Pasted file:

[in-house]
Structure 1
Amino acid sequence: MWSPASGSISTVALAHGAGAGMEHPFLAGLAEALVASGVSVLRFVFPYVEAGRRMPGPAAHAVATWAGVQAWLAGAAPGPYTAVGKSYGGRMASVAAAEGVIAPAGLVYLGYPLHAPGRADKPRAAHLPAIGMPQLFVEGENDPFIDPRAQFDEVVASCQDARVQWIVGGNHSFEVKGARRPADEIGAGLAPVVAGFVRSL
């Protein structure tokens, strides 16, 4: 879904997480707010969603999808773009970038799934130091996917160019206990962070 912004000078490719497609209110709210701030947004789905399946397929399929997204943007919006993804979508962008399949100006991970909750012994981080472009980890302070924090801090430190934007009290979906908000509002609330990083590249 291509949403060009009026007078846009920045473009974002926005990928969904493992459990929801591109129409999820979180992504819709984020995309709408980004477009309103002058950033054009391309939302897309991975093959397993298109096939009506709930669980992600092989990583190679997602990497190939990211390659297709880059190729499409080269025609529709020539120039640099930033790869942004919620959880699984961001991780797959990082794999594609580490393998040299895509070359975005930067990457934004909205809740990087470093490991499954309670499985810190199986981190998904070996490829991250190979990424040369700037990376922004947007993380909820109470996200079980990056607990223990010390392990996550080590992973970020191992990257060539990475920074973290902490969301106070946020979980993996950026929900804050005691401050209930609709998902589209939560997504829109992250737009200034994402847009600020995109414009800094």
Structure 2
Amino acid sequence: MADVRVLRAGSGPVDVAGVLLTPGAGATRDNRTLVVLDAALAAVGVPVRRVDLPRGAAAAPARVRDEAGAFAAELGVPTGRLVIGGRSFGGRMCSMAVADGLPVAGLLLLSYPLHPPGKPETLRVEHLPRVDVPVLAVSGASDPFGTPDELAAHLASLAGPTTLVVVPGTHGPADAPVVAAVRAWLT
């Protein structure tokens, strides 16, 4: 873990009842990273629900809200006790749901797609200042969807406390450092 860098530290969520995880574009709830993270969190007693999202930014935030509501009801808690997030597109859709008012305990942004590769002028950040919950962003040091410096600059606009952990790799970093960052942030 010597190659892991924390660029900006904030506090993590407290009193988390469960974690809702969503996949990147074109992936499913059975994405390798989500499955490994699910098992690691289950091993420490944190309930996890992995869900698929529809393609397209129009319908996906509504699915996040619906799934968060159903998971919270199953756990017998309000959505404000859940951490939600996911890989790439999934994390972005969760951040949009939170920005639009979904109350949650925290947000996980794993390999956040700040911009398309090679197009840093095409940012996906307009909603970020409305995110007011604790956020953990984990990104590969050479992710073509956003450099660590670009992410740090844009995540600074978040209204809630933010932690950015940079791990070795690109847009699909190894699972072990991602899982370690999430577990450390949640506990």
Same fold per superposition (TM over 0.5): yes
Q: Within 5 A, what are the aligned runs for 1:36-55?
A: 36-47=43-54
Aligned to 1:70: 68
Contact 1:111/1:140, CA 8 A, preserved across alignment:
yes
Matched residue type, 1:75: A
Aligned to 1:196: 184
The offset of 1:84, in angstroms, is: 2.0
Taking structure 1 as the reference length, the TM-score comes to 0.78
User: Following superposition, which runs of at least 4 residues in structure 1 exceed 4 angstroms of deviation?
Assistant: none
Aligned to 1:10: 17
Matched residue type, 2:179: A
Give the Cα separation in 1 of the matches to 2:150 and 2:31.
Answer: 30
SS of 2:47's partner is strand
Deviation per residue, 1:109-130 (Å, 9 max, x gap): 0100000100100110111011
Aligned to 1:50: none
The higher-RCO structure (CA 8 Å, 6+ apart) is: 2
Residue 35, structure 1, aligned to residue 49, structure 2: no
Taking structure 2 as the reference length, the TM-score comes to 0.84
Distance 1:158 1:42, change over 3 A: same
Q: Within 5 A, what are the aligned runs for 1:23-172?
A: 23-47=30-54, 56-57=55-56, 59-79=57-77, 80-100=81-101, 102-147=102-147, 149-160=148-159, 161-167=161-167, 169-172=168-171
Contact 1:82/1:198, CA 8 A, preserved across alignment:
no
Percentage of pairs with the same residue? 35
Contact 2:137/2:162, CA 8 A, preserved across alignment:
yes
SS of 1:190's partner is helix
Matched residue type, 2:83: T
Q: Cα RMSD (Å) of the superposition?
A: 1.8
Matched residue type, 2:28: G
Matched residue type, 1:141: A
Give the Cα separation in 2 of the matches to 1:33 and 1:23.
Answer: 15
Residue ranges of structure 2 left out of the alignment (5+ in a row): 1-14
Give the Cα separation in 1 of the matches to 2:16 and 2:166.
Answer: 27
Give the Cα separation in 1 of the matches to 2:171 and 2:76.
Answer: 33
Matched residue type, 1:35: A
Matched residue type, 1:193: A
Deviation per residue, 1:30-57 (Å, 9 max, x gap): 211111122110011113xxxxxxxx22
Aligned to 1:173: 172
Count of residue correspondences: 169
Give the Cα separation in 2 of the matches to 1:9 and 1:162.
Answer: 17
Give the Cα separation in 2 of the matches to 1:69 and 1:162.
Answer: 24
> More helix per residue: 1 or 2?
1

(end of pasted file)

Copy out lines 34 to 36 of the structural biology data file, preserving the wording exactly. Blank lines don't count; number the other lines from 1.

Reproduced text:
no
Percentage of pairs with the same residue? 35
Contact 2:137/2:162, CA 8 A, preserved across alignment: